One of the weirdest things about yesterday’s procedure was my loss of memory. Or, to be more precise, to have temporarily lost “the ability to create new memories,” which is what one of the medications in my sedative does, according to its description. I was standing in the garden yesterday afternoon, still on a high from the meds I think, and trying to recall how M and I got from the Reception of the building where I had my procedure to the car. It was a total blank. I asked M about it, and she told me that she’d had to grab me a few times on the way from the building to the car to stop me from falling into the bushes in the car park. I couldn’t recall any of that. She said it was like taking hold of someone who was really drunk. And I can’t remember anything about the drive home, except for seeing Earlham Police Station on a roundabout, and getting out of the car in our drive in the pouring rain. Funny, but scary, if you think about what could be done with such a drug if it was used illegally in a variety of situations (that’s how writers’ minds work, threading real life into fiction and asking what-ifs all the time – just read On Writing by Stephen King – what if is the question all novels germinate with; poems as well in my view – poems are sometimes just extrapolations of an idea, not actually a recounting of real events).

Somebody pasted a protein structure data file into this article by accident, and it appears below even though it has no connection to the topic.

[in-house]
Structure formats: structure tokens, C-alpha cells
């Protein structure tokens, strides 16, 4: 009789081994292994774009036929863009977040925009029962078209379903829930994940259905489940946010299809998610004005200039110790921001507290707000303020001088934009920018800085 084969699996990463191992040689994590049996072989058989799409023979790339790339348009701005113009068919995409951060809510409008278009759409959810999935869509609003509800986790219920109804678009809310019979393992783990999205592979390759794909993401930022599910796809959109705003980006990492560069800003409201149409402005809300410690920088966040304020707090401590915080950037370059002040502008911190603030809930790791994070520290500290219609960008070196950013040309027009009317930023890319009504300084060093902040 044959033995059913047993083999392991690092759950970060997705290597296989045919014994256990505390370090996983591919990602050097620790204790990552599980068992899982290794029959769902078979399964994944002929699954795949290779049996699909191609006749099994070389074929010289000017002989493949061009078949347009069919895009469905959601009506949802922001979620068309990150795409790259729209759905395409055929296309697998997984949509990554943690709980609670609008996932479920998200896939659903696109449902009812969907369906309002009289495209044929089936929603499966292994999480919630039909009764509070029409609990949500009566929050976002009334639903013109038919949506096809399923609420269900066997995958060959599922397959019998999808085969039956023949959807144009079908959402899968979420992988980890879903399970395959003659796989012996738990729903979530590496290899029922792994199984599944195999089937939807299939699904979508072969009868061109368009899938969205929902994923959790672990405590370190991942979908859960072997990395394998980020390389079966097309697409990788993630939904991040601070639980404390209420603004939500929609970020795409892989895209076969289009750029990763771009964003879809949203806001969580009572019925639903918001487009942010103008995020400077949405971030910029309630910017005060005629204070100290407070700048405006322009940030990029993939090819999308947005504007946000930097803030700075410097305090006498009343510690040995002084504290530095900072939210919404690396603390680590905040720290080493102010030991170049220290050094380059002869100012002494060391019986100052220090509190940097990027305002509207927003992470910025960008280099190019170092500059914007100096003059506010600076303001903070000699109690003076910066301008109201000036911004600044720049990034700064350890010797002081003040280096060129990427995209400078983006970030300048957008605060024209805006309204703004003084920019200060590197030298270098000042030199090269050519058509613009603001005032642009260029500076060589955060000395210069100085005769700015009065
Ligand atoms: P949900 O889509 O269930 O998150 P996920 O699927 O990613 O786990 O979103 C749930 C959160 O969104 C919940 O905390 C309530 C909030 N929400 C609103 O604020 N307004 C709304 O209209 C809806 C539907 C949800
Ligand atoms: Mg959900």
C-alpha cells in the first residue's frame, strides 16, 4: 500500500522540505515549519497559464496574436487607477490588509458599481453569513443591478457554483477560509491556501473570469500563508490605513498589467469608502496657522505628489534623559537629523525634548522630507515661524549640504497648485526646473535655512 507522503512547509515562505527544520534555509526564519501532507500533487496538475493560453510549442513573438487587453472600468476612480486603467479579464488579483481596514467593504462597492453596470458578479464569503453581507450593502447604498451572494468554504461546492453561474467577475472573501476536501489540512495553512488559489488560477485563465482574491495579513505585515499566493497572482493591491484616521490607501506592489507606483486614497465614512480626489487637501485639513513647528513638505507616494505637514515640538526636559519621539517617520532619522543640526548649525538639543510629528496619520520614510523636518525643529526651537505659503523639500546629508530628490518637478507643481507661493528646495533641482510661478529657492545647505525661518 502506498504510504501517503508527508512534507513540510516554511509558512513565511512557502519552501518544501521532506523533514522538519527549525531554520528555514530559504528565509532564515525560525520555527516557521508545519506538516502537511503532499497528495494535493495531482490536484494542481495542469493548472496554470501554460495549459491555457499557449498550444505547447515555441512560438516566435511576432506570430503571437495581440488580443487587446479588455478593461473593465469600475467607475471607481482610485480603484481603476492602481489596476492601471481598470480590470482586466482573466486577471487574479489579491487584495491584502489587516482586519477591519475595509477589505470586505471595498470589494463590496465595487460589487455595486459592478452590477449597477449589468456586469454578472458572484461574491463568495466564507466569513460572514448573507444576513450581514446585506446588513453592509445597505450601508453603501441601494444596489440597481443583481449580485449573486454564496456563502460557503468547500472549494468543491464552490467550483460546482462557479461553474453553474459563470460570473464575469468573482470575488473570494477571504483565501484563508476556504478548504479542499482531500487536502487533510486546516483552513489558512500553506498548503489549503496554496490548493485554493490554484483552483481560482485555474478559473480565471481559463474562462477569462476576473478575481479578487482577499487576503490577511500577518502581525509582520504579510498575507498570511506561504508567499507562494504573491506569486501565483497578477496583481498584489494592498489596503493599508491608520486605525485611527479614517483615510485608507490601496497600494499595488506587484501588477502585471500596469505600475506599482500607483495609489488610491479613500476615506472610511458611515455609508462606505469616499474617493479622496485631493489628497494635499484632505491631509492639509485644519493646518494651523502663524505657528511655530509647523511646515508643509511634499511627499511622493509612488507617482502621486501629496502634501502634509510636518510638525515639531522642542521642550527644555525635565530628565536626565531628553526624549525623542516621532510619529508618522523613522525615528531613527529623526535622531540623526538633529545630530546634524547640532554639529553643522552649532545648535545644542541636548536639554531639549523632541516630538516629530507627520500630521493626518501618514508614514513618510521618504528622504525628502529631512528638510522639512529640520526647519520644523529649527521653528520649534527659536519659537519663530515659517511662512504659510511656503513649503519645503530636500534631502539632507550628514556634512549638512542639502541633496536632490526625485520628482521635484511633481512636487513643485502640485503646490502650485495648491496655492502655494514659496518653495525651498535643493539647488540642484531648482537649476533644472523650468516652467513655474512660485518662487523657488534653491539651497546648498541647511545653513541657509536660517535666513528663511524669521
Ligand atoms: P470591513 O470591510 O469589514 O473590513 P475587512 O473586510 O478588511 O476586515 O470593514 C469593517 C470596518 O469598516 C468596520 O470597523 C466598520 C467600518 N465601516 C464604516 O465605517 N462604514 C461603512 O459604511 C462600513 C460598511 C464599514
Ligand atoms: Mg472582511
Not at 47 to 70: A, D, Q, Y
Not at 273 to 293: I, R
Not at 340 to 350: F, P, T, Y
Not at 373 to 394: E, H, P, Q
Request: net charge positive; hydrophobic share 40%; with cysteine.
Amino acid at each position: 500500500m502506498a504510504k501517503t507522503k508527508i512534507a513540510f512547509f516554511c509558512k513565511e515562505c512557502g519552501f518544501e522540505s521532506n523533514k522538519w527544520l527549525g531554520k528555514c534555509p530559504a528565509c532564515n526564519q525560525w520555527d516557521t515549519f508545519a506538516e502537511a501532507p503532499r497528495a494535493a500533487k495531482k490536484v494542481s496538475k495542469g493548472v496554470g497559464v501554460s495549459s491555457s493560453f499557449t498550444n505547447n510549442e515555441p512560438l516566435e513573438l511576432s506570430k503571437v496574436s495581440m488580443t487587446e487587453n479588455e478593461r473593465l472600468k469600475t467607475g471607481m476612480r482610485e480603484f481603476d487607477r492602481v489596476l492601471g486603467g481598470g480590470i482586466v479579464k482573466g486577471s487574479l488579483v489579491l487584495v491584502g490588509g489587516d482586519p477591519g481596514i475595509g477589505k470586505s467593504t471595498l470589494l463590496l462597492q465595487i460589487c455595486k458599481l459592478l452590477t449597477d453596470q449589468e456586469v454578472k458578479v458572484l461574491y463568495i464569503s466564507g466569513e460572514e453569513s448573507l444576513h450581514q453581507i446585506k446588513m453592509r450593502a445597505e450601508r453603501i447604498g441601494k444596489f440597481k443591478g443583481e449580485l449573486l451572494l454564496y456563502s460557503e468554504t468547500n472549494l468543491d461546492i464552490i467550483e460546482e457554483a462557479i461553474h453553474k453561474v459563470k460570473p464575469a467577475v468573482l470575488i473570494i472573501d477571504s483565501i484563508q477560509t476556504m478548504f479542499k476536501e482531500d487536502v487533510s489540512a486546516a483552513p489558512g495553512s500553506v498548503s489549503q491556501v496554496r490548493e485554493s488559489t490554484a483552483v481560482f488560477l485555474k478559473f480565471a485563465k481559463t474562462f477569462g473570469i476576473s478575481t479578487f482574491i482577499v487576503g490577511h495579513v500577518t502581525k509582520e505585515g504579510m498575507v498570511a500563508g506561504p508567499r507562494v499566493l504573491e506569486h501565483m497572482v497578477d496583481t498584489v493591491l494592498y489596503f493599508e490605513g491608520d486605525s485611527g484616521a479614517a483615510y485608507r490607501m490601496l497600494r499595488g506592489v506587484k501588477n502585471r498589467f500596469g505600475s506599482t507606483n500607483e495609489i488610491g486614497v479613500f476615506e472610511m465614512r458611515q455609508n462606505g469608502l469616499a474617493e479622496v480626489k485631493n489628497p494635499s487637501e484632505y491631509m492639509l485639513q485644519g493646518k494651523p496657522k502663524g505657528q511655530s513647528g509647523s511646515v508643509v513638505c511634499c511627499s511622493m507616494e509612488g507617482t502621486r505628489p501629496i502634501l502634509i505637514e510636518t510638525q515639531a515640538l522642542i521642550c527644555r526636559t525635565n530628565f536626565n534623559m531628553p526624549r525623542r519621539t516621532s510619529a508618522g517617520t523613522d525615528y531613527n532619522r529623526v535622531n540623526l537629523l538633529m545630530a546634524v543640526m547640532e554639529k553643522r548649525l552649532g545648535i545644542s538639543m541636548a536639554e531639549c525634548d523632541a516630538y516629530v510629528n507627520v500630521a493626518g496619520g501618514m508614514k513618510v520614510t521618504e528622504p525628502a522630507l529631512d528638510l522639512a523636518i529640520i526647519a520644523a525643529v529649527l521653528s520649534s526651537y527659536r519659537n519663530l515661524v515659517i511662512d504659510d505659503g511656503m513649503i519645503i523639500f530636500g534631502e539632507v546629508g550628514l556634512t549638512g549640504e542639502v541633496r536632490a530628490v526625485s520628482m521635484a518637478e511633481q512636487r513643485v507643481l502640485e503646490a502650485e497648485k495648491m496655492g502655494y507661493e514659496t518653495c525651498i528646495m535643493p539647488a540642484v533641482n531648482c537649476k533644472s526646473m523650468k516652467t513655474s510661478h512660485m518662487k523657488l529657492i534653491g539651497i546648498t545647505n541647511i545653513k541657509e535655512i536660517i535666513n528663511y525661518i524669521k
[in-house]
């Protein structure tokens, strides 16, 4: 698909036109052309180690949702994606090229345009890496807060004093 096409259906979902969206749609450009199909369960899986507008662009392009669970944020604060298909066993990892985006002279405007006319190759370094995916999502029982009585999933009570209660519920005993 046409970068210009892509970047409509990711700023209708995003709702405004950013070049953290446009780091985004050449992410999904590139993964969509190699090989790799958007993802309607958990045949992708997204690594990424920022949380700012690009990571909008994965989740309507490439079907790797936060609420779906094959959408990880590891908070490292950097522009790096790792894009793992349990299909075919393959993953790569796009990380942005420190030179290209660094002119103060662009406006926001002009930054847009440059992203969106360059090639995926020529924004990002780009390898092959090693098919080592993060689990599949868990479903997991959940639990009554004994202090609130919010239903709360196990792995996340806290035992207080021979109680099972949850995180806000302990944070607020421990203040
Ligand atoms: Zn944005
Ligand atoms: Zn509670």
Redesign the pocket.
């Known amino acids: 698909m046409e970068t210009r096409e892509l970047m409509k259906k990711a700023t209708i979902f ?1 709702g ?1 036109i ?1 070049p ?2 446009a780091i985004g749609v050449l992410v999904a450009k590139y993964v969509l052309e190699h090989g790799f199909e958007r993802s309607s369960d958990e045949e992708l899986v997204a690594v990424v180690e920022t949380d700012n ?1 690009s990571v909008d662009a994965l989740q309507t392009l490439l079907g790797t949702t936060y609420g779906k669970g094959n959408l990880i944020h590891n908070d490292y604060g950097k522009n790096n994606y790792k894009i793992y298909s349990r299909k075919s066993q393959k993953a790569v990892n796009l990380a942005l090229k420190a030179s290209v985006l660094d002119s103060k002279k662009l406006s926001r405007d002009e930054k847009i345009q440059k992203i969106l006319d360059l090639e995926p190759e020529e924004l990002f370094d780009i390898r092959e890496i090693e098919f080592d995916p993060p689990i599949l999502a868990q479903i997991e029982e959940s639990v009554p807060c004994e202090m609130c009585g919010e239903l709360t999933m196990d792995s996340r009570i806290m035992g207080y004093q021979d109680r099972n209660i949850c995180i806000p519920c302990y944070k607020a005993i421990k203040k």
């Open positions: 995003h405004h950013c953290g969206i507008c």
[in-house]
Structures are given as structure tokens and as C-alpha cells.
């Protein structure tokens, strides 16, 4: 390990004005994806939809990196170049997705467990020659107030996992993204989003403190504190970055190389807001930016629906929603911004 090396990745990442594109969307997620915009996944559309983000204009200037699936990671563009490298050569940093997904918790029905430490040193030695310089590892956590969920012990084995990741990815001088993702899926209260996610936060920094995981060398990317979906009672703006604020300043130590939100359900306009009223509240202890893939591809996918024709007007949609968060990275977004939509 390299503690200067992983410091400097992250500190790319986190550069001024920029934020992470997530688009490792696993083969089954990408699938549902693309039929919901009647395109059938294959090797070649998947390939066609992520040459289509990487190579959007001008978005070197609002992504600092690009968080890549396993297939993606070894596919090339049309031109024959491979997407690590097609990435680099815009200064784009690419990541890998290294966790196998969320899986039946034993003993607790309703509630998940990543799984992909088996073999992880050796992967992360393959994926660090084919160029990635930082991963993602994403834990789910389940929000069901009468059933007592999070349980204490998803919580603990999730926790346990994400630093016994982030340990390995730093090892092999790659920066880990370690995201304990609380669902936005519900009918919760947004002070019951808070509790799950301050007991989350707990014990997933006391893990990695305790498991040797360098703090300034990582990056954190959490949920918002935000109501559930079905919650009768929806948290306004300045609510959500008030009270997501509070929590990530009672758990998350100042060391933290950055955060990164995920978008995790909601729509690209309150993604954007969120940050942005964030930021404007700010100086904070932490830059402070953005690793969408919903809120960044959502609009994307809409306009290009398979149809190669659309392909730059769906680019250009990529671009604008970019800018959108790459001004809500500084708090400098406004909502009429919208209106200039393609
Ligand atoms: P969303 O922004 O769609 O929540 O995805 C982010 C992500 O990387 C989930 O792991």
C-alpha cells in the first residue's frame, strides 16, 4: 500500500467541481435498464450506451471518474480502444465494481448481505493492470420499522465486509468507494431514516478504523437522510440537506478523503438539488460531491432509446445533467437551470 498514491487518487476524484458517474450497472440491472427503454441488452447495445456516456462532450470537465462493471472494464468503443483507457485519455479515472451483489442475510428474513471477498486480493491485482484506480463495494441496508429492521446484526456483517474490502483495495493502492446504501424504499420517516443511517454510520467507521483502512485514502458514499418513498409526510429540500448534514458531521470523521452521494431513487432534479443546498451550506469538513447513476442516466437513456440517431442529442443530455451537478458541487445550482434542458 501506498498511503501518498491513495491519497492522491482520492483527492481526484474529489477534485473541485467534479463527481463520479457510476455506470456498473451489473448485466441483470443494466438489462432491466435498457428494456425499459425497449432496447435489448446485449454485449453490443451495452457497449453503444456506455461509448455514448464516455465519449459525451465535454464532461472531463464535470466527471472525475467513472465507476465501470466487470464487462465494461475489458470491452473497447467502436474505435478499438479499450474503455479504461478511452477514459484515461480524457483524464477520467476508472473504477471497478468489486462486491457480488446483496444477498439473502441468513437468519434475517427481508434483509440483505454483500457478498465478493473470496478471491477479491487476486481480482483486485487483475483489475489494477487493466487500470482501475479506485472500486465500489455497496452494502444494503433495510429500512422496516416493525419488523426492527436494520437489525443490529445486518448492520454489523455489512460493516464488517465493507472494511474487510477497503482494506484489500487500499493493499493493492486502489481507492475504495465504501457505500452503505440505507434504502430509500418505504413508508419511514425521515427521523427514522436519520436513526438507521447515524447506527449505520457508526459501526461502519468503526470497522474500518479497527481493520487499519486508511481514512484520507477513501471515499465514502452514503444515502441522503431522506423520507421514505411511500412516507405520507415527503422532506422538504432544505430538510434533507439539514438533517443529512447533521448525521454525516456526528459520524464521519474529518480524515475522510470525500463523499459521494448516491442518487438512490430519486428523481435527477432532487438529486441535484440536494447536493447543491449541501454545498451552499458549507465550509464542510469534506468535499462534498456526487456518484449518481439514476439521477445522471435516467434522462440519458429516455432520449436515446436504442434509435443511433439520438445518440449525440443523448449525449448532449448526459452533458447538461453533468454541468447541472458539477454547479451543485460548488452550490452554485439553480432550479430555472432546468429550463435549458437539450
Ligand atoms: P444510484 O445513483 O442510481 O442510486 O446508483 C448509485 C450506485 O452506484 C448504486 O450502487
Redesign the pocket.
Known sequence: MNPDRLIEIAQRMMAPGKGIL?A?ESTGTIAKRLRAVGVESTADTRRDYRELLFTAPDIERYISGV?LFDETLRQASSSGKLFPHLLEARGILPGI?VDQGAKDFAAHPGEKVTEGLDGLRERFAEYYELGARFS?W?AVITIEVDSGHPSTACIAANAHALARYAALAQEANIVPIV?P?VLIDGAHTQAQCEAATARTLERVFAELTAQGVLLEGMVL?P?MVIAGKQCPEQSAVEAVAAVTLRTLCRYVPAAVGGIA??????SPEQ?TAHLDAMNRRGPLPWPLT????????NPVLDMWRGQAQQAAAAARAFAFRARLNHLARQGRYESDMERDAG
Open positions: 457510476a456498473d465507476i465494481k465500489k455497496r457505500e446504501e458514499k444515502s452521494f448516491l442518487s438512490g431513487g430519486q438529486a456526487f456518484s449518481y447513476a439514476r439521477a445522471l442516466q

In truth, I still feel a little off kilter this morning, somewhere in the clouds, and I have a tsunami of words in my head competing with each other to get from there into a more physical form, which is one reason I’m not actually starting work until the appointed time rather than starting as soon as I have got up, had my water and Manuka honey). Just trying to get them out so that the next wave doesn’t drown me.
My great friend Ren Powell has started blogging again this week. Her voice is a comfort and an illumination. The poet’s poet, in my view. To find myself surrounded by her words is always being in a safe place for me. And just because there is comfort for me in hearing her voice, it doesn’t mean that it’s always comfortable reading. I think what she writes is always about the conflict between our inner life and our outside life. A reflection on the unpartitioned nature of writers’ minds, with which I mean that it confirms for me that writers can’t compartmentalise like most rational people, that all parts of our lives get mixed up into one colourful (sometimes joyous, sometimes incredibly overwhelming and frightening, sometimes confusing) pattern, because we need it that way to create, because we can’t build walls between the separate parts of our lives (because for us they aren’t separate), because all aspects of our life inform our creations.
AGGIE’S ART OF HAPPINESS – CHAPTER 223